*This article originally appeared in RVA Mag #35, on the streets now at all your favorite spots.
Out of more than 660,000 restaurants in the U.S., less than 7 percent are led by female chefs.
The food and restaurant business has an inherent bias against women, and years of discrimination in the industry have made it hard for them to climb to the top of the ladder. But despite the odds, women are picking themselves up — as they always do — and rising from beneath the weight of their male counterparts to make a new name for themselves.
This holds true for Secco Wine Bar head chef Julie Heins and her battles with sexism and misogyny pushing against her success. While working long hours, Heins has had to sacrifice things that many would deem crucial to a happy life.
Like most, Heins got her start in the industry as a dishwasher, then moved up the chain while working under a pastry chef over several years. The chef taught her all the ropes, but steadfastly refused to promote her to the actual position. When Heins realized her setbacks were due to her gender, not her ability, she went off to culinary school; a decision she credits to evening the playing field for her later career.
18 years later, Heins is an experienced chef in a city that’s been named a “Top Destination for Food Travel” by National Geographic. But the field is not friendly.
Constant sexual misconduct in the workplace and almost-nonexistent family leave policies teach women across the service industry that it takes thicker skin, and harder work, to make it.
“Don’t let them see you cry,” Heins explains. “Being a woman, you get judged on attitude and appearance.”
With an average work day of 12 to 14 hours, the idea of having children is often just an idea. Women are left with a difficult choice to begin their families in a situation where most jobs have no maternity leave, and temporary leave can result in positions lost.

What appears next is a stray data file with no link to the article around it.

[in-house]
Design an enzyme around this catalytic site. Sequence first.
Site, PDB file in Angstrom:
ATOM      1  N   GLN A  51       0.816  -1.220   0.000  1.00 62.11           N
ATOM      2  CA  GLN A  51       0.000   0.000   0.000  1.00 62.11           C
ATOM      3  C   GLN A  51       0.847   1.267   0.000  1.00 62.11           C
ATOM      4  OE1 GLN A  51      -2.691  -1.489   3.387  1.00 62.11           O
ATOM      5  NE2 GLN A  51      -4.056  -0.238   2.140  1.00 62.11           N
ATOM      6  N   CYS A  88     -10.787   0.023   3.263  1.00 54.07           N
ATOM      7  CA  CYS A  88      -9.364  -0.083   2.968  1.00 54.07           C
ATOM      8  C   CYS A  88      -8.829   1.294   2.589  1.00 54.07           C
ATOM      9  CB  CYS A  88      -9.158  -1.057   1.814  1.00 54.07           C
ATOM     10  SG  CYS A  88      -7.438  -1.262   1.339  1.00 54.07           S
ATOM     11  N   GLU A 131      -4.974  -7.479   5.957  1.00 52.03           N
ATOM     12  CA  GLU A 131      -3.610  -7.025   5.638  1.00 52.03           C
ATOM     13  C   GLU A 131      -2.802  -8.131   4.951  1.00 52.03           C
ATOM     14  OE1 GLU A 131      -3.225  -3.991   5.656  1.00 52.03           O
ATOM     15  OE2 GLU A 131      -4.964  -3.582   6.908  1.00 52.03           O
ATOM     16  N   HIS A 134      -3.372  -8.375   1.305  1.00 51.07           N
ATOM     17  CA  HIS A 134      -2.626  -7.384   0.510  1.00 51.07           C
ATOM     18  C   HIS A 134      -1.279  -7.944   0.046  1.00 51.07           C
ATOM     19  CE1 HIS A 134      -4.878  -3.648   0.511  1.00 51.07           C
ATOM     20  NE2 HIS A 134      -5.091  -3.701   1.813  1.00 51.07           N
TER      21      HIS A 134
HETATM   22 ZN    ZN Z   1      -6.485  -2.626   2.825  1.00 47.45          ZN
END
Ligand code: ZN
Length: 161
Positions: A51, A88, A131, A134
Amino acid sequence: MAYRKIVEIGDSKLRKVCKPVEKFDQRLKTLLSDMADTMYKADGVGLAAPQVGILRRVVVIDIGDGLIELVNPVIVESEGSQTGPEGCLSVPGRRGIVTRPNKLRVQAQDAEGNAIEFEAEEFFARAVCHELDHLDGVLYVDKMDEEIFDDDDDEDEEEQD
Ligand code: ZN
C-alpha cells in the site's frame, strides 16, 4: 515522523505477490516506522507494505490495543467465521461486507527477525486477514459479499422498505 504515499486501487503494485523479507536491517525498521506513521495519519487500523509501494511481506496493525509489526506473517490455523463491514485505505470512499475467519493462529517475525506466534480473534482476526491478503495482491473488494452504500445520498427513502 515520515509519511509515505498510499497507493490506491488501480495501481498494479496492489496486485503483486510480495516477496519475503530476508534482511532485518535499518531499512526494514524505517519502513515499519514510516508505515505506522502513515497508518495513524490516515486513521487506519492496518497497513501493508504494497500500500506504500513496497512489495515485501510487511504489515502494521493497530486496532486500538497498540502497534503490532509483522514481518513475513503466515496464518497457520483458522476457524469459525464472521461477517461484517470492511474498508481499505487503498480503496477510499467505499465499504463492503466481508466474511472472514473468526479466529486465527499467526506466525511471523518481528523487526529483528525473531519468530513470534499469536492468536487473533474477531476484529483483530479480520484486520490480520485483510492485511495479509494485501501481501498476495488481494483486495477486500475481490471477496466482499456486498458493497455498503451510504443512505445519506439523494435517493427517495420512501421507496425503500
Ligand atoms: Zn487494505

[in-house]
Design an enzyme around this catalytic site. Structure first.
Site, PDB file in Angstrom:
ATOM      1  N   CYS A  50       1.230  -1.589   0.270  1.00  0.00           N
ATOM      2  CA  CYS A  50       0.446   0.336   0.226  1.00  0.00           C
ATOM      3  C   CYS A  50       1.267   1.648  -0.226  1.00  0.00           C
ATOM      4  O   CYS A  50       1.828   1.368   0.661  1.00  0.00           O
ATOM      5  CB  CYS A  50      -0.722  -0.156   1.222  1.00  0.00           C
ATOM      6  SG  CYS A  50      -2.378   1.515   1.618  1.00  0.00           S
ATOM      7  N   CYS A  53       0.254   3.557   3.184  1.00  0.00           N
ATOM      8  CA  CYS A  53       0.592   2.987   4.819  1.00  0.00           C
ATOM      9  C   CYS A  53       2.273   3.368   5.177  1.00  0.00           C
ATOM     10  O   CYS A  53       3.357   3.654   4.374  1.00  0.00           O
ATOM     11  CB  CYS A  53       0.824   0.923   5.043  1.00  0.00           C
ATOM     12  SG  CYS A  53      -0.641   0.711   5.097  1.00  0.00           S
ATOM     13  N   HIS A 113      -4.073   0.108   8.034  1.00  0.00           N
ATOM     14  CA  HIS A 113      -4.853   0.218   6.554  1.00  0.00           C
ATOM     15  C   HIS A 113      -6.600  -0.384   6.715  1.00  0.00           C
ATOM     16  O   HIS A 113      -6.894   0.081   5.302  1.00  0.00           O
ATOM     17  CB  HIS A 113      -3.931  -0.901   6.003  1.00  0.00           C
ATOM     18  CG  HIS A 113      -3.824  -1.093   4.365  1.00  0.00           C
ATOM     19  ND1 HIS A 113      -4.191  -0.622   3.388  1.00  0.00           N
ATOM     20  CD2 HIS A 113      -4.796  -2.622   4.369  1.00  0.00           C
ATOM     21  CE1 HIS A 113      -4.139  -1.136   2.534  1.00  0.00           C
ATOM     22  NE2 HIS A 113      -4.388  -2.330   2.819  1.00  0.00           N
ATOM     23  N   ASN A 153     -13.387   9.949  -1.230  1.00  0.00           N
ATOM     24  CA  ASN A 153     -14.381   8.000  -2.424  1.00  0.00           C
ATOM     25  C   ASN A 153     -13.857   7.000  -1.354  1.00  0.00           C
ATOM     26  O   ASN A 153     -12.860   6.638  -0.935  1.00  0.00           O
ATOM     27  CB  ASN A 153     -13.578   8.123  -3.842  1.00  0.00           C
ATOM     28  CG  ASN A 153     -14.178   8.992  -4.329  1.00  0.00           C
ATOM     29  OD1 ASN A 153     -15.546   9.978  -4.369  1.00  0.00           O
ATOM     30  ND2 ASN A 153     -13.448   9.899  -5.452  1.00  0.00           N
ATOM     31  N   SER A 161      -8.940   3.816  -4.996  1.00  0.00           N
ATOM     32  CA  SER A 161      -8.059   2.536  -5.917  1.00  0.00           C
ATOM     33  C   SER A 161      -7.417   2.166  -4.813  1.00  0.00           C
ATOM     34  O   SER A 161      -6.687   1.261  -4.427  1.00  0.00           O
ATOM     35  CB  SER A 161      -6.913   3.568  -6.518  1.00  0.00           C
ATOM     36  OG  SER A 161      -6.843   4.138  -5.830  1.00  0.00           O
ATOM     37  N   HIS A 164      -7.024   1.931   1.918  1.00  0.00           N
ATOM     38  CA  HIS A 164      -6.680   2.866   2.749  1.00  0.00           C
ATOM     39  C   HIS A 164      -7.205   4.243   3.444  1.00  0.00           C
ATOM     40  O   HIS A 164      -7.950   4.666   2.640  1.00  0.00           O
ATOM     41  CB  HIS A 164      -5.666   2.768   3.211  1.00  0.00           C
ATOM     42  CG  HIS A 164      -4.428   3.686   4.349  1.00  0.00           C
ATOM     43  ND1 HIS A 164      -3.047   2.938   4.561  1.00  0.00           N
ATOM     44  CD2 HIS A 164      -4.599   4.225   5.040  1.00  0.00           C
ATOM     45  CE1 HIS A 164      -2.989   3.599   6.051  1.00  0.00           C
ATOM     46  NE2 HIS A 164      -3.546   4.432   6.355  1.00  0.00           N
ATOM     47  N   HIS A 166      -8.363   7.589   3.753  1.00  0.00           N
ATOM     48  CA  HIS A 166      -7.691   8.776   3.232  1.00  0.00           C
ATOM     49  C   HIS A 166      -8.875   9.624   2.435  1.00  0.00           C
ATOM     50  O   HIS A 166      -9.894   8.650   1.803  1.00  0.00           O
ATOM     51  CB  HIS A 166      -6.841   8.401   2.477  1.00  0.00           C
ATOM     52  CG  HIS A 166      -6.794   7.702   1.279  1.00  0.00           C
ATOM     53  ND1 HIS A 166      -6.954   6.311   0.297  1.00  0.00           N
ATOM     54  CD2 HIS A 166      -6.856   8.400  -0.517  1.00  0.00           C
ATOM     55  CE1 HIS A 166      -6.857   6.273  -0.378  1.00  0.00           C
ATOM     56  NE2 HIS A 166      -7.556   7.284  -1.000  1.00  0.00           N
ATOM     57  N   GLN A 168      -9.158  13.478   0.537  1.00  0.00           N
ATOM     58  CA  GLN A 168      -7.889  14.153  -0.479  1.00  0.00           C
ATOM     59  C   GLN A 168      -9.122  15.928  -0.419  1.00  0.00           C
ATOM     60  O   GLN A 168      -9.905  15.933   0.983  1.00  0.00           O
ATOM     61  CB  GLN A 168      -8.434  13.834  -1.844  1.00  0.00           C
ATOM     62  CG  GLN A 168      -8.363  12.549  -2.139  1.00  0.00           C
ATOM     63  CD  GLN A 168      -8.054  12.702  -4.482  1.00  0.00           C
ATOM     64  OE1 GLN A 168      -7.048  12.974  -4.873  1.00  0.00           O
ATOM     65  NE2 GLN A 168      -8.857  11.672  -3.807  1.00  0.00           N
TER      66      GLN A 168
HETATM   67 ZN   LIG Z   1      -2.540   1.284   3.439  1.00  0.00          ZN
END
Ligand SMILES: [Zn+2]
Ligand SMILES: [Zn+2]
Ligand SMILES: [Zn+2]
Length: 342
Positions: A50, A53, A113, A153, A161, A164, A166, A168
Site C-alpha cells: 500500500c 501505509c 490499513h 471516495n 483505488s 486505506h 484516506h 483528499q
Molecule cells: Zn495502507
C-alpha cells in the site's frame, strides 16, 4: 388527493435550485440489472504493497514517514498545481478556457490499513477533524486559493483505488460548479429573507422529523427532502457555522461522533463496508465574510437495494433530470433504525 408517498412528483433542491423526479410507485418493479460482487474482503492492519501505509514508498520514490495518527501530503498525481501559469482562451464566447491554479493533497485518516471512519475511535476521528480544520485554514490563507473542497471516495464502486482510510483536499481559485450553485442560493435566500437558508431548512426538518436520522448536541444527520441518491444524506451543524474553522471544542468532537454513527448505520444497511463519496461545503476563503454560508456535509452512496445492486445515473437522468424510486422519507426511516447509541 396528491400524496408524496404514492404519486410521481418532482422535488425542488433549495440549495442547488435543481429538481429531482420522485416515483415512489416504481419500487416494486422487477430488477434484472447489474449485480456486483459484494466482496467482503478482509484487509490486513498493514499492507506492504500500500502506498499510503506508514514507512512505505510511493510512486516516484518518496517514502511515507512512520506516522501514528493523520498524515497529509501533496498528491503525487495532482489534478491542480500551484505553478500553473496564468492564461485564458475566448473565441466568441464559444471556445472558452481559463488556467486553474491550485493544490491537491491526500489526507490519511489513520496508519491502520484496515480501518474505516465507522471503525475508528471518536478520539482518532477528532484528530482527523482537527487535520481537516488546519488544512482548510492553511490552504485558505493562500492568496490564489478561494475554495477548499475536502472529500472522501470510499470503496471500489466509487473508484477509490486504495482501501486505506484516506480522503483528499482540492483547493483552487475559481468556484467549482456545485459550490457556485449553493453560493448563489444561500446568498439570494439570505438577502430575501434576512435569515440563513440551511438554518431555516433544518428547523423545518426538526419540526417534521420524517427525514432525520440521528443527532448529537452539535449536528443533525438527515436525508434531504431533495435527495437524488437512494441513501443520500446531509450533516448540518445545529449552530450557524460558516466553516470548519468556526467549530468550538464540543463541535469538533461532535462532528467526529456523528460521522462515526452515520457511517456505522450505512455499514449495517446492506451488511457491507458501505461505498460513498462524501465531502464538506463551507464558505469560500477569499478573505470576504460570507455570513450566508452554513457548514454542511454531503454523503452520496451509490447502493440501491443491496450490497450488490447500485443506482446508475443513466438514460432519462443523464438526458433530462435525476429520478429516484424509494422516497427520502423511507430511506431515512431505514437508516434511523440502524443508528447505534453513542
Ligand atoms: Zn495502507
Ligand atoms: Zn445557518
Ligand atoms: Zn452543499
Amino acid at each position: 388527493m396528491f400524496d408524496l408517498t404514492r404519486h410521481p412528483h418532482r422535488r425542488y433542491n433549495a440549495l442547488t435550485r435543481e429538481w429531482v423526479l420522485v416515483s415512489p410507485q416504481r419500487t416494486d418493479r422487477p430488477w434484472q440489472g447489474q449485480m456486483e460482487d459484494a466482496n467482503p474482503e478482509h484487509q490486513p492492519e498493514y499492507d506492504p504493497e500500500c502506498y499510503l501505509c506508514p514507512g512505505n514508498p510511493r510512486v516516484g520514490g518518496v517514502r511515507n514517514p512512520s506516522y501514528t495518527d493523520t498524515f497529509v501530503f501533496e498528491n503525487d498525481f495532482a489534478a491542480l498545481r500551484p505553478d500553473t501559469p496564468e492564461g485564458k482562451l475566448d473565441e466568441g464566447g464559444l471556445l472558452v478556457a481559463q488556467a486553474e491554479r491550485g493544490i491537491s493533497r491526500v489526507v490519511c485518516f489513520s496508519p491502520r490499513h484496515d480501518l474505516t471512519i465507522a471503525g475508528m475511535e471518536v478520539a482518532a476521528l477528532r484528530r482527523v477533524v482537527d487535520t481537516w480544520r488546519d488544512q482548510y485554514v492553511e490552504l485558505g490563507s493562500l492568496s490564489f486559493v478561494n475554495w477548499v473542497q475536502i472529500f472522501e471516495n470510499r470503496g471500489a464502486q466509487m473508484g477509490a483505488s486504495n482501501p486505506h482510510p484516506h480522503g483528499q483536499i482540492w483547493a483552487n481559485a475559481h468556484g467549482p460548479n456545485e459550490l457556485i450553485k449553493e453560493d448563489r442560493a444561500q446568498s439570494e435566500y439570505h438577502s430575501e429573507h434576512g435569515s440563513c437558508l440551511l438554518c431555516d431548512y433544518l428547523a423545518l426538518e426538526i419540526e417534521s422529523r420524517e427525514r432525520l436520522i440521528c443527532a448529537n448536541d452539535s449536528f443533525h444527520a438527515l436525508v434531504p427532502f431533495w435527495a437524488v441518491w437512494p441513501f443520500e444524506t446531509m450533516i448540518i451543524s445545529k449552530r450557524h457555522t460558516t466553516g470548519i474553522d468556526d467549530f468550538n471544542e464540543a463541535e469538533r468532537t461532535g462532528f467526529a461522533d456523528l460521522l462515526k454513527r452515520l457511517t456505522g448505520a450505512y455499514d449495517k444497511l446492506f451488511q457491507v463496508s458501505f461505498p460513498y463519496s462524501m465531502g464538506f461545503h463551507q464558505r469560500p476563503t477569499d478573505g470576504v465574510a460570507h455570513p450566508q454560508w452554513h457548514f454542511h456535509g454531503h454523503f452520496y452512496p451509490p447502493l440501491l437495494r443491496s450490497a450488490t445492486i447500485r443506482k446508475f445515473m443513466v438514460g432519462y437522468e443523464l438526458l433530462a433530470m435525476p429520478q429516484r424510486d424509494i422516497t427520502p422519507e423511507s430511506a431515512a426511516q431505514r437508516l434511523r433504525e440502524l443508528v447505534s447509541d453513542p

“There is an expectation that a woman will, eventually, leave to start a family,” Heins says. “If management already thinks you have a timeline, they won’t invest in you the same way they would a man.”
Kitchens are already a difficult world to navigate as a woman, but the stakes are even higher for people of color and LGBTQ people who are brought into the mix.
“Women from marginalized communities have had to endure racism, misogyny and sexism while working in the industry,” Heins explains. “It’s crucial to make room for them with intention, and to do the work to be inclusive.”
Historically, in all aspects of society, women of color and queer people receive lower wages, have more limited resources, and must fight systemic oppression in day-to-day life. In the service industry, these setbacks present added challenges in an already-competitive field that doesn’t do them any favors as they attempt to move forward.
Many, including Heins, believe a path to stop misogyny across restaurant workers is through mentorship: The women who have “made it” teach new women as they get their start. It is essential to create equal opportunity for all, for those who have made it before to push for more women and people of color to hold positions of power.
Babe’s of Carytown, one of Richmond’s oldest gay bars, is one of the few places practicing this idea of inclusion: Hiring and creating a safe space for women, people of color, and LGBTQ people, Babe’s has served for years as an example of how to do it the right way.
A jack-of-all trades, Kat Ray has worked at Babe’s for more than four years. From bar-back to cook, fixer-upper, and security guard, Ray has done and seen it all in the industry, and understands the implications the field has for the marginalized groups who take part in it.
For over a quarter of a century, Babe’s has been an outlet for women and the LGBTQ community to thrive alongside a family of regulars and employees alike. The kitchen at Babe’s is comprised of mainly queer women, and its owner, Vicky Hester, has made it a point to create a safe space for these groups over her years operating the business.
“People gravitate to Vicky — and to that space,” Ray says. “It’s where they feel safe.”
Babe’s is a sanctuary, often for those who need it most. The 33-year-old bar is known for its inclusivity, and staff “that doubles as a welcoming committee for anyone who stumbles inside,” as Thrillist wrote when naming it the best dive bar in the state. From its start, Hester has ensured the space served as a home for Richmonders of all walks of life, and three decades later, it stands strong.
For the women running the service industry across the nation, the future is looking better as earlier successes are paving the way for those to come. The number of women-owned establishments, like Babe’s, has increased more than 50 percent in the last decade. Women are rising to the top of their field, and for the first time, the Culinary Institute of America saw more women enroll than men in recent years.
To Heins, in the back of the house, nothing matters more than your skills.
“My favorite thing about kitchens is it’s a great equalizer — You can either cook or you can’t.”